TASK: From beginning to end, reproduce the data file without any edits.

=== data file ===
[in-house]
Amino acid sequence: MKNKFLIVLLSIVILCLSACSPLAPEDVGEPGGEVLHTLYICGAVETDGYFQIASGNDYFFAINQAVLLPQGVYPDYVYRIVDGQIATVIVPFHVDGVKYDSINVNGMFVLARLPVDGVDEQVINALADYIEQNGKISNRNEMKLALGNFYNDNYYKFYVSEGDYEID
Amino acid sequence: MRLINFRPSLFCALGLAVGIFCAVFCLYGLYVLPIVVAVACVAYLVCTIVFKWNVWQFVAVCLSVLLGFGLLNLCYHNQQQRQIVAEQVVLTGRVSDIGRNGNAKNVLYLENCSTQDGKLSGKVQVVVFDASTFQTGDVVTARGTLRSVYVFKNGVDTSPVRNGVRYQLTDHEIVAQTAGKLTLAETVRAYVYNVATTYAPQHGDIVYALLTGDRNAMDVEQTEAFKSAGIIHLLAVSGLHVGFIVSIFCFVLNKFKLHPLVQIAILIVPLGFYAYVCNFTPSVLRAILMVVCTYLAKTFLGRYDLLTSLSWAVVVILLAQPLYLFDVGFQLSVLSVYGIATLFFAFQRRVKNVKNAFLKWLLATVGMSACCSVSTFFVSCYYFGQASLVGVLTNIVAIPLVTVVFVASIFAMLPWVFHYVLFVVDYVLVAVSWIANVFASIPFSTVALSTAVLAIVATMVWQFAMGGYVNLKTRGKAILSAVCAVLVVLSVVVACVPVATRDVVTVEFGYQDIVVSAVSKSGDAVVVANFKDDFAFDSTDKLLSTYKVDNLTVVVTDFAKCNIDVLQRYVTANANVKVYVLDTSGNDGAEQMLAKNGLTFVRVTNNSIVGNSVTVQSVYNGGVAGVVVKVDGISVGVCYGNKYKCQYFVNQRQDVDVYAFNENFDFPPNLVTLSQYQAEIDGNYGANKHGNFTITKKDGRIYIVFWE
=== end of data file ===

[in-house]
Amino acid sequence: MKNKFLIVLLSIVILCLSACSPLAPEDVGEPGGEVLHTLYICGAVETDGYFQIASGNDYFFAINQAVLLPQGVYPDYVYRIVDGQIATVIVPFHVDGVKYDSINVNGMFVLARLPVDGVDEQVINALADYIEQNGKISNRNEMKLALGNFYNDNYYKFYVSEGDYEID
Amino acid sequence: MRLINFRPSLFCALGLAVGIFCAVFCLYGLYVLPIVVAVACVAYLVCTIVFKWNVWQFVAVCLSVLLGFGLLNLCYHNQQQRQIVAEQVVLTGRVSDIGRNGNAKNVLYLENCSTQDGKLSGKVQVVVFDASTFQTGDVVTARGTLRSVYVFKNGVDTSPVRNGVRYQLTDHEIVAQTAGKLTLAETVRAYVYNVATTYAPQHGDIVYALLTGDRNAMDVEQTEAFKSAGIIHLLAVSGLHVGFIVSIFCFVLNKFKLHPLVQIAILIVPLGFYAYVCNFTPSVLRAILMVVCTYLAKTFLGRYDLLTSLSWAVVVILLAQPLYLFDVGFQLSVLSVYGIATLFFAFQRRVKNVKNAFLKWLLATVGMSACCSVSTFFVSCYYFGQASLVGVLTNIVAIPLVTVVFVASIFAMLPWVFHYVLFVVDYVLVAVSWIANVFASIPFSTVALSTAVLAIVATMVWQFAMGGYVNLKTRGKAILSAVCAVLVVLSVVVACVPVATRDVVTVEFGYQDIVVSAVSKSGDAVVVANFKDDFAFDSTDKLLSTYKVDNLTVVVTDFAKCNIDVLQRYVTANANVKVYVLDTSGNDGAEQMLAKNGLTFVRVTNNSIVGNSVTVQSVYNGGVAGVVVKVDGISVGVCYGNKYKCQYFVNQRQDVDVYAFNENFDFPPNLVTLSQYQAEIDGNYGANKHGNFTITKKDGRIYIVFWE